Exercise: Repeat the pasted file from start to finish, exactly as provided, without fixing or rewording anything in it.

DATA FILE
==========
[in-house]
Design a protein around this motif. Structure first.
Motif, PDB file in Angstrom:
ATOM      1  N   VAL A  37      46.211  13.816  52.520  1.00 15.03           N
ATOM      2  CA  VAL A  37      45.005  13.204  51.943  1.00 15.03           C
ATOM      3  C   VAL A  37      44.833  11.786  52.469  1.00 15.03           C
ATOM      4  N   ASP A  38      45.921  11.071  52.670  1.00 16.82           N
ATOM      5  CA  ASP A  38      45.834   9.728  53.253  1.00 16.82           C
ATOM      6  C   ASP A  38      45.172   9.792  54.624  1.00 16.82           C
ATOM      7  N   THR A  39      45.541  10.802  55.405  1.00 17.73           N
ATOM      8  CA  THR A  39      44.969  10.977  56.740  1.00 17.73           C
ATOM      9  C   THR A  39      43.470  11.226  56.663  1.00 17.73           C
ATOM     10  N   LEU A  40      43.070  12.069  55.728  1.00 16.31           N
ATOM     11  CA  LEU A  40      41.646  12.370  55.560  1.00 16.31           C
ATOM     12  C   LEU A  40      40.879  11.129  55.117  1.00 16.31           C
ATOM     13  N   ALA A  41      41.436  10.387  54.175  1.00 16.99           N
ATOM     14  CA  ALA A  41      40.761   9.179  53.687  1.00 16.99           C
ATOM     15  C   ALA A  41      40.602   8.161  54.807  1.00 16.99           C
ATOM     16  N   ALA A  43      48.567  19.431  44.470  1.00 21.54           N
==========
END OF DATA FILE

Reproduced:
[in-house]
Design a protein around this motif. Structure first.
Motif, PDB file in Angstrom:
ATOM      1  N   VAL A  37      46.211  13.816  52.520  1.00 15.03           N
ATOM      2  CA  VAL A  37      45.005  13.204  51.943  1.00 15.03           C
ATOM      3  C   VAL A  37      44.833  11.786  52.469  1.00 15.03           C
ATOM      4  N   ASP A  38      45.921  11.071  52.670  1.00 16.82           N
ATOM      5  CA  ASP A  38      45.834   9.728  53.253  1.00 16.82           C
ATOM      6  C   ASP A  38      45.172   9.792  54.624  1.00 16.82           C
ATOM      7  N   THR A  39      45.541  10.802  55.405  1.00 17.73           N
ATOM      8  CA  THR A  39      44.969  10.977  56.740  1.00 17.73           C
ATOM      9  C   THR A  39      43.470  11.226  56.663  1.00 17.73           C
ATOM     10  N   LEU A  40      43.070  12.069  55.728  1.00 16.31           N
ATOM     11  CA  LEU A  40      41.646  12.370  55.560  1.00 16.31           C
ATOM     12  C   LEU A  40      40.879  11.129  55.117  1.00 16.31           C
ATOM     13  N   ALA A  41      41.436  10.387  54.175  1.00 16.99           N
ATOM     14  CA  ALA A  41      40.761   9.179  53.687  1.00 16.99           C
ATOM     15  C   ALA A  41      40.602   8.161  54.807  1.00 16.99           C
ATOM     16  N   ALA A  43      48.567  19.431  44.470  1.00 21.54           N